EL PASO, Tex. — Along a trail of flowers, comes a history exhibit still very close to the present.
"We are following the trail of Mexican golden poppies, and these kind of take you through the direction of what you should take,” said Stephanie Gardea, as she pointed to flowers embedded in the floor of the El Paso Museum of History. "This is our ‘El Paso Strong’ galleries, as we like to call it."
In there, visitors come across an in-depth acknowledgment of the terrible event that shook El Paso to its core in 2019.
"We were asked to catalog and curate all of the items from the Walmart memorial site," said Gardea, who is the museum’s registrar and works on managing its collections, including this sobering one. "It's definitely very tough. When we were actually doing this work, you know, it's incredibly surreal."
The work Gardea and her colleagues undertook is part of a relatively new practice for museums called "emergency collecting."
"This practice in museums is 'How do you archive and catalog post such a traumatic event that is directly affecting people?'" she said.
Taking a cue from the 9/11 Museum in New York City, museum staff in El Paso curated the response to a mass shooting. Many of the artifacts displayed there are labeled "Artist Unknown."
It is an unusual subject matter for any museum, but especially for the people working on it.
"I never thought I would be working on archiving the artifacts from a mass shooting site in my city," Gardea said.
However, in doing their work, those at the museum created a place for healing.
“It's just kind of really beautiful to see the things that our people made in response to this," Gardea said.
A few miles away, there is more healing underway, which had initially been put on hold during the pandemic.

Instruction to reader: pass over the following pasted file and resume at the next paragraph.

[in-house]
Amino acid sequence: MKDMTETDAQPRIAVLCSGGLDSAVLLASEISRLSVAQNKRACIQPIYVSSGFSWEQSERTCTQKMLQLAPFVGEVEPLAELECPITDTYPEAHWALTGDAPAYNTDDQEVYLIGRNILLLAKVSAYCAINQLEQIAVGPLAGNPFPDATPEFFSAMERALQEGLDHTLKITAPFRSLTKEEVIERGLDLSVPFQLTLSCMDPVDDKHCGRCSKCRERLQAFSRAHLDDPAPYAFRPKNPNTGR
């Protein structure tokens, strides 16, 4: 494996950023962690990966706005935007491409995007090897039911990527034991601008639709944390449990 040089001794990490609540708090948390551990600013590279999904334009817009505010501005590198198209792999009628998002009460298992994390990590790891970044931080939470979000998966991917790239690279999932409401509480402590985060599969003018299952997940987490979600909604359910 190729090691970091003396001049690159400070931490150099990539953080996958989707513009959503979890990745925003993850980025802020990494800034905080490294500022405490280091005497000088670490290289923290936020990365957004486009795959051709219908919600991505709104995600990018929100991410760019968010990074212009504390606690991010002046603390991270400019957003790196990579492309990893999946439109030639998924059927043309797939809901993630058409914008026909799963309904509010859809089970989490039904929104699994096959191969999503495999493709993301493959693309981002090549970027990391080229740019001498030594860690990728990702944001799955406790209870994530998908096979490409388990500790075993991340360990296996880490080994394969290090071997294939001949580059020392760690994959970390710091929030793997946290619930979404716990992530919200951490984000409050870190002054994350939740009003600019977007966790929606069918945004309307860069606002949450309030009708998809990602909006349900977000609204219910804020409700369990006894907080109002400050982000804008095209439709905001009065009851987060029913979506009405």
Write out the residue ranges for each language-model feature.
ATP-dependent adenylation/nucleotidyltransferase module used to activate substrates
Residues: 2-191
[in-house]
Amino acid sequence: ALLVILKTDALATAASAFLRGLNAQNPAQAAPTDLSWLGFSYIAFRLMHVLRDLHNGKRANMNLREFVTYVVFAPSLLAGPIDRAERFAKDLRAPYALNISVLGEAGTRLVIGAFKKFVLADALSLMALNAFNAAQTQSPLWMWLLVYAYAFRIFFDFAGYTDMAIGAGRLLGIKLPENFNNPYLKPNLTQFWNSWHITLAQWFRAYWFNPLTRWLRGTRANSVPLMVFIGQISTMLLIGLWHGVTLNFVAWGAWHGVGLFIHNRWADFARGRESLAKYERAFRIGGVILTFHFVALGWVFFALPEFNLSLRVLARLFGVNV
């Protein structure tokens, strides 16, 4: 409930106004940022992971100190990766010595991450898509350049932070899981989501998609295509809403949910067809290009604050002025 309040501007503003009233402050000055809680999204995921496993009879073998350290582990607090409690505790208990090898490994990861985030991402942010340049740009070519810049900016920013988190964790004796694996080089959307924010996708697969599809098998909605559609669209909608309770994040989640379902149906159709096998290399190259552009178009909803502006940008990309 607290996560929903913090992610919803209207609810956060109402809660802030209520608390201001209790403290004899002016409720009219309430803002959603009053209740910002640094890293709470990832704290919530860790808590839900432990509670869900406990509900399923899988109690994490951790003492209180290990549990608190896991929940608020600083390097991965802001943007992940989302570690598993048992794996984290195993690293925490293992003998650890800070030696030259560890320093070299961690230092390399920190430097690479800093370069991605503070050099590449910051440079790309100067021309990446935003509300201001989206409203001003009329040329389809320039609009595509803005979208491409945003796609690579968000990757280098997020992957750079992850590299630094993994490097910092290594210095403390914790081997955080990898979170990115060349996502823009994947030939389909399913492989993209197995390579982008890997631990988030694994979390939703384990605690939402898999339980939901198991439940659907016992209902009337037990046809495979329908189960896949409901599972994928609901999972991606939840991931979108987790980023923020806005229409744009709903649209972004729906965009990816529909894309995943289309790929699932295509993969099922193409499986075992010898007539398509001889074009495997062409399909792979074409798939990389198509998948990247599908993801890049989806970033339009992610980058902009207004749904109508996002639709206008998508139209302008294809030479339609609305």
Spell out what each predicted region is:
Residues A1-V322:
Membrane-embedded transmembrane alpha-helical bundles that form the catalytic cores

"We're a big city but a small community," said Idalhi Huizar-Mendoza, director of the El Paso United Family Resiliency Center. "Believe it or not, August 3rd was kind of put on the back-burner. When COVID hit, the priority was dealing with the pandemic."
The center was set up to help those impacted by the mass shooting—a shooting that law enforcement officials say targeted Hispanics.
"It was a hate crime and we're fully aware of that,” Huizar-Mendoza said, “but believe it or not, I think it's made the community come closer, come together, definitely provide a sense of like we're here doing this together."
Still, challenges remain, especially when overcoming the stigma of mental health needs within the Hispanic community.
"The Hispanic culture is a very tight-knit community, but a lot of the times they close themselves," Huizar-Mendoza said. "[It’s] that stigma of, 'I don't go to a shrink. I don't go to a therapist unless I'm crazy.' So, a lot of the times, it's creating and providing education."
It is also about coming to terms with what happened in the city — a part of history that is now part of the larger story of Hispanics in America.
"I will never forget reading the headline that this event, in particular, is the largest hate crime against the Hispanic community,” Gardea said, “and that just really made me stop and sit with my thoughts."
Yet, it's a narrative that they are working to take back.
"This is why we save the things," Gardea said, as she looked around the museum’s exhibit.
Huizar-Mendoza said the community’s recovery is something they will continue to face together.
"This will not break us. This will not weaken us,” she said. “Instead, it will just make us stronger."
To view a digital form of the museum's exhibition, or if you have information on who may have created some of the anonymous artifacts and artworks on display in the "Resilience: Remembering August 3rd" exhibit, click here.